A surface of the band transmission filter 23 is normally coated by an interference film. Then, if the filter is properly rotated, an apparent interference film thickness varies thereby to make the transmission center wavelength variable. Thus, changing an angle between the filter surface and the optical axis, the transmission center wavelength may be varied, which allows the observation of the wavelength dependency of fluorescence generation. If the objective lens is of an infinity-corrected type, a parallel beam may be obtained between the objective lens and the image forming lens, which is convenient for insertion of the interference filter. A shift of image does not occur when the interference filter is inclined. FIG. 7 is a drawing to show a change of the center wavelength of transmitted light when the interference filter 23 is inclined with respect to the optical axis, and FIG. 8 is a drawing to show changes of peak transmittance and half-width when the center wavelength is varied. The wavelength dependency of fluorescence can be of course readily measured as well by using a wavelength variable laser.
A measurement of the wavelength dependency of fluorescence in a semiconductor is effective to study a deep level structure in a band of crystal.
FIG. 4 shows a second embodiment according to the present invention. The observation is performed in the direction perpendicular to the incident plane of the laser beam in the first embodiment as shown in FIG. 3, while the observation is done on the same plane as the incident plane in the second embodiment. The laser beam is incident at an incident angle of 60-77 degrees (θ=13-30 degrees) into the surface of crystal. The incident laser beam is refracted at the crystal surface to enter the inside of crystal at an angle of refraction (α) of about 16 degrees. Since a part of the incident laser beam is reflected at the crystal surface, the observation should be carried out in such a direction (β=10-35 degrees) that the reflected light does not enter the light receiving element 22.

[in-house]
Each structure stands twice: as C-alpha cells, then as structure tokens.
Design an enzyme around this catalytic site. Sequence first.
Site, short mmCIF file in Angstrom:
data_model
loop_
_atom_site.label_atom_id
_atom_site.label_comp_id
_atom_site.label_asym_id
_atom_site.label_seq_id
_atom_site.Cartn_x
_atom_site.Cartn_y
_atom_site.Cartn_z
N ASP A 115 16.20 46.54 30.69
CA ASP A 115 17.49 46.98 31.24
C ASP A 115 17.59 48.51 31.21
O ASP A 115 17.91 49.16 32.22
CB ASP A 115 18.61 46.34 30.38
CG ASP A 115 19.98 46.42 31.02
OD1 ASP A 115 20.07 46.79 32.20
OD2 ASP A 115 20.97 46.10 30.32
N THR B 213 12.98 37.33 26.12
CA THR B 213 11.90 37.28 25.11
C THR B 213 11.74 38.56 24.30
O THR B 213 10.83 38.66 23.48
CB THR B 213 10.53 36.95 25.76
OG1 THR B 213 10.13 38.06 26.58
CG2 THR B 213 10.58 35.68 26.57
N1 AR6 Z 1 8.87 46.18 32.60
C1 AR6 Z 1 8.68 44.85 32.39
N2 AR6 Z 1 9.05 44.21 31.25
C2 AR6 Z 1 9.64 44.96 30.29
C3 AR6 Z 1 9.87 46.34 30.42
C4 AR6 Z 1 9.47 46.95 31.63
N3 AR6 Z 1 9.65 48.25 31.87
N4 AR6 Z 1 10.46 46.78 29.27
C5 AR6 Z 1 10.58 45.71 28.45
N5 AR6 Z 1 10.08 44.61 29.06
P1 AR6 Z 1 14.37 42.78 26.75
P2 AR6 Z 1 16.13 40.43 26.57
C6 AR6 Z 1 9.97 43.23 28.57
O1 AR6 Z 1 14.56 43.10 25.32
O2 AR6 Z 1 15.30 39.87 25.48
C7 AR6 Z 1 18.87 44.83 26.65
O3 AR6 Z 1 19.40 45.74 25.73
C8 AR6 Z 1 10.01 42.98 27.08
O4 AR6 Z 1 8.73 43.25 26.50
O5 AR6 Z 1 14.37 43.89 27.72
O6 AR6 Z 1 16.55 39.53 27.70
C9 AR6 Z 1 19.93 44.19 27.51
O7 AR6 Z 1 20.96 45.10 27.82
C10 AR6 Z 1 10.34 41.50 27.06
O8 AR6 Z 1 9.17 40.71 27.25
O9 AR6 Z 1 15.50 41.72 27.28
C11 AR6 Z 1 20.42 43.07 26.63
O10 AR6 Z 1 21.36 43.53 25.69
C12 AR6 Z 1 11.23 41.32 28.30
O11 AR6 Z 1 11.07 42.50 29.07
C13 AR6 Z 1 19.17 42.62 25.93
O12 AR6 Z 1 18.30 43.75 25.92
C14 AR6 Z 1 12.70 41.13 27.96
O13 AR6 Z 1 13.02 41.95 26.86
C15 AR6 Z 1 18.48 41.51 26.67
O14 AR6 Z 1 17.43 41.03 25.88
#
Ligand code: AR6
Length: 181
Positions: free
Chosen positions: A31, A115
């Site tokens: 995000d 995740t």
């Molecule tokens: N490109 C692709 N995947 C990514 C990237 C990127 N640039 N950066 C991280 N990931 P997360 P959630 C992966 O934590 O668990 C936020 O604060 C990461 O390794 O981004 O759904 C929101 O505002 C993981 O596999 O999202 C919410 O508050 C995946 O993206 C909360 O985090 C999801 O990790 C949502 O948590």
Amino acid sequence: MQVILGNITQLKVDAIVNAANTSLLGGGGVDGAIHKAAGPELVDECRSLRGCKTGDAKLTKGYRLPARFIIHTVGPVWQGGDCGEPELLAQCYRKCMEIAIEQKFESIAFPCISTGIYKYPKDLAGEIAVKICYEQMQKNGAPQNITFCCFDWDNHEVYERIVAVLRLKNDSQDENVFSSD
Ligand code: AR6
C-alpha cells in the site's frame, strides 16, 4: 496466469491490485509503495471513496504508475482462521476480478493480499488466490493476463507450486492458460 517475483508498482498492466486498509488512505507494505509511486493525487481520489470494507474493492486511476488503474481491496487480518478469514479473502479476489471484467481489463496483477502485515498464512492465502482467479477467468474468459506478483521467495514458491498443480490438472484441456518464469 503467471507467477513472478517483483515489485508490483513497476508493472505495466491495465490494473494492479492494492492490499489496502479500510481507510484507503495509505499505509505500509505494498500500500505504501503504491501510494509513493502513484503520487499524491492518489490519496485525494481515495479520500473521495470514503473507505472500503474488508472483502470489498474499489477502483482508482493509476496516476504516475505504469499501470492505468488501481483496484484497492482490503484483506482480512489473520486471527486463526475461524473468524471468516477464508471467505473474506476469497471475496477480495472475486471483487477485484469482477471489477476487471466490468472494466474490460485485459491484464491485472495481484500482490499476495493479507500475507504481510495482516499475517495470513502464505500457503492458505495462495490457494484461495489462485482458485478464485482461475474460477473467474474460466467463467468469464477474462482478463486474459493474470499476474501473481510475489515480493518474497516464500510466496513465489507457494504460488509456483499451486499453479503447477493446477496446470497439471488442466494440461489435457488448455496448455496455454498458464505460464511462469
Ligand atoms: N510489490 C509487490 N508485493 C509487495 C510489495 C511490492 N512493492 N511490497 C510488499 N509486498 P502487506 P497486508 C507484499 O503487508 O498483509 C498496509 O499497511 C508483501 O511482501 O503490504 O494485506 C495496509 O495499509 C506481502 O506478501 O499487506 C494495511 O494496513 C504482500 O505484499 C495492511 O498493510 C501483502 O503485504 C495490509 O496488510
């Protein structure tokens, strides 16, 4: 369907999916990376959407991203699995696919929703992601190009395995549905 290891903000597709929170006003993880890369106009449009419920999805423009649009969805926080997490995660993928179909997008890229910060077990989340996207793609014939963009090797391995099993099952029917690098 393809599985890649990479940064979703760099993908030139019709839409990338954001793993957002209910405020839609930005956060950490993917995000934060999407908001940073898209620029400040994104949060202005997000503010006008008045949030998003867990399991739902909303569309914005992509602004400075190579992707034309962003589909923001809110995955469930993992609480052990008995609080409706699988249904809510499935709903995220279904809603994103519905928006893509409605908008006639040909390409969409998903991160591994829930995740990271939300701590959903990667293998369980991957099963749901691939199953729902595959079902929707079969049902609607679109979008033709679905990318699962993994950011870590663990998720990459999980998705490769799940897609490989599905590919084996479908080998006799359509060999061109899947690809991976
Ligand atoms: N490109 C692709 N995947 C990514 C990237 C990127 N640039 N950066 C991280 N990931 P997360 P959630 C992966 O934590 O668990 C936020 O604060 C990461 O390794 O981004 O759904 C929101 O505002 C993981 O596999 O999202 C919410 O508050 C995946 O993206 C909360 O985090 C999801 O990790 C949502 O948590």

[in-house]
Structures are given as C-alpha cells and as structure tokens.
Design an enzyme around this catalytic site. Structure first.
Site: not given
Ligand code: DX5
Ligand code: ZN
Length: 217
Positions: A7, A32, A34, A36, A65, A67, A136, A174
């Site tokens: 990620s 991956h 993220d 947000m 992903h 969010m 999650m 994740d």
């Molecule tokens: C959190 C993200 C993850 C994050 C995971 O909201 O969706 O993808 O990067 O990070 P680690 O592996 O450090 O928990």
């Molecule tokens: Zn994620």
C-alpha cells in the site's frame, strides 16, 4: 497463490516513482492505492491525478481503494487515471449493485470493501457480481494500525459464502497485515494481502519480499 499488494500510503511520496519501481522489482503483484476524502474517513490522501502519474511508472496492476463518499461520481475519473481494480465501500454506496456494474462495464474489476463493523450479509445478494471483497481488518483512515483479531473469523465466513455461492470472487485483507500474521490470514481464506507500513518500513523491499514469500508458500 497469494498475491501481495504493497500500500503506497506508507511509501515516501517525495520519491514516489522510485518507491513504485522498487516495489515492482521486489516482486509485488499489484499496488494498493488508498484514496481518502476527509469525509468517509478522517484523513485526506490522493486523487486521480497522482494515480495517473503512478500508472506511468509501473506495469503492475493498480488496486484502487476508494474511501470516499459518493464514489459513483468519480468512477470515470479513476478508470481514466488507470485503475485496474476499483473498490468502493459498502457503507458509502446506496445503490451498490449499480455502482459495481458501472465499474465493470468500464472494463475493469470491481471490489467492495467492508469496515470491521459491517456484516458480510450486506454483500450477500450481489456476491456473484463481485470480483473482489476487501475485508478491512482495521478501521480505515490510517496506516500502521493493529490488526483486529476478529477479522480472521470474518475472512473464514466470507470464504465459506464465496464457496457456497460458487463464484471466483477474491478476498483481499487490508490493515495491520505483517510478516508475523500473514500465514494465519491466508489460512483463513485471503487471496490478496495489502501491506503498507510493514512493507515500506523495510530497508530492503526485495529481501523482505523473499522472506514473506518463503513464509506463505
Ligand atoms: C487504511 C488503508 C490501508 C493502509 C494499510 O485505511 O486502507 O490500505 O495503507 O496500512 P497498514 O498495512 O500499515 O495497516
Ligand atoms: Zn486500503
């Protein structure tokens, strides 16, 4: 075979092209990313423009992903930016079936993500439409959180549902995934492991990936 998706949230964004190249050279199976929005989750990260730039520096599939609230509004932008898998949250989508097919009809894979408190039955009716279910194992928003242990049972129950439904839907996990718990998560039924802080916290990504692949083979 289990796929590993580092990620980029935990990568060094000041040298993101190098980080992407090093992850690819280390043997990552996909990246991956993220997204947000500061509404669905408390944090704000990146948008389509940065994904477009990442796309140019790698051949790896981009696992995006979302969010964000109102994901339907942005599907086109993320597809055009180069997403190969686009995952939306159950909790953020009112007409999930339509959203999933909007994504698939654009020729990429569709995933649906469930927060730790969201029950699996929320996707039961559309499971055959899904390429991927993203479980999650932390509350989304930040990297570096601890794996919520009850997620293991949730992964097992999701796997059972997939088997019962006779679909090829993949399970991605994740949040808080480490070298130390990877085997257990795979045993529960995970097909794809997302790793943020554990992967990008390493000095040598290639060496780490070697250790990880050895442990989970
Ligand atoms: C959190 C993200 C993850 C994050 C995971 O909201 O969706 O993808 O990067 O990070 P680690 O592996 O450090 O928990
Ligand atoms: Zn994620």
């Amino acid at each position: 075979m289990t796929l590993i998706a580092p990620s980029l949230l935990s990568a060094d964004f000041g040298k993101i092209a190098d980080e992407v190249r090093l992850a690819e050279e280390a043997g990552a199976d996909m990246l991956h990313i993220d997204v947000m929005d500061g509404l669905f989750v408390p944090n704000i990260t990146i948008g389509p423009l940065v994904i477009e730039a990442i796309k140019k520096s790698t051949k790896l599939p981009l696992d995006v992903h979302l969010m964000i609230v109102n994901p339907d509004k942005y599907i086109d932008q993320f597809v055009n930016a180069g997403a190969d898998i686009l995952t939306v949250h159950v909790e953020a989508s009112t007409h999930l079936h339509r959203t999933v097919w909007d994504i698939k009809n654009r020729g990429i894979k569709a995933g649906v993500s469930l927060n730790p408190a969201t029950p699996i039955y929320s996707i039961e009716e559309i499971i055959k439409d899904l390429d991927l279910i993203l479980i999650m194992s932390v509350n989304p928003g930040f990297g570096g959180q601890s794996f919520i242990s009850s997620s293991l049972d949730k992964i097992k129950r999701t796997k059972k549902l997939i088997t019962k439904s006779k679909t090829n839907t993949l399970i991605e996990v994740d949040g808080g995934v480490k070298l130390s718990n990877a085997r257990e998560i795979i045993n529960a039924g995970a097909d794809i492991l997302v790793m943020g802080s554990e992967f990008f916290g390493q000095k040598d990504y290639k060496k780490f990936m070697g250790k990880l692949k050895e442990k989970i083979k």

FIG. 5 is a drawing to schematically show a state of fluorescence generation when the object is irradiated with the excitation laser. FIG. 6 is a drawing to show a spread (L) of generated fluorescence and an intensity (I) of fluorescence with respect to a penetration depth of the laser beam from the object surface on the horizontal axis. Obtaining L and I as a function of depth from the crystal surface, the life time of excitation carrier may be evaluated as a function of depth. The spread (L) of fluorescence image is calculated at a position where the fluorescence intensity becomes 1/e.
Generally, a diffusion coefficient of excited carrier is expressed as follows from the Einstein relation.
Dn =μe kB T/q; Dp =μp kB T/q,
where kB is the Boltzmann constant, T a temperature, q a charge, μe a mobility of electron, and μp a mobility of hole.
Also, a recombination life time (τ) of minority carrier is given by the following equation.
where Nr is a density of recombination center, S a capture cross section, and Vth a thermal velocity of minority carrier.
Consequently, an existential probability is as follows if an excited minority carrier moves by a distance R: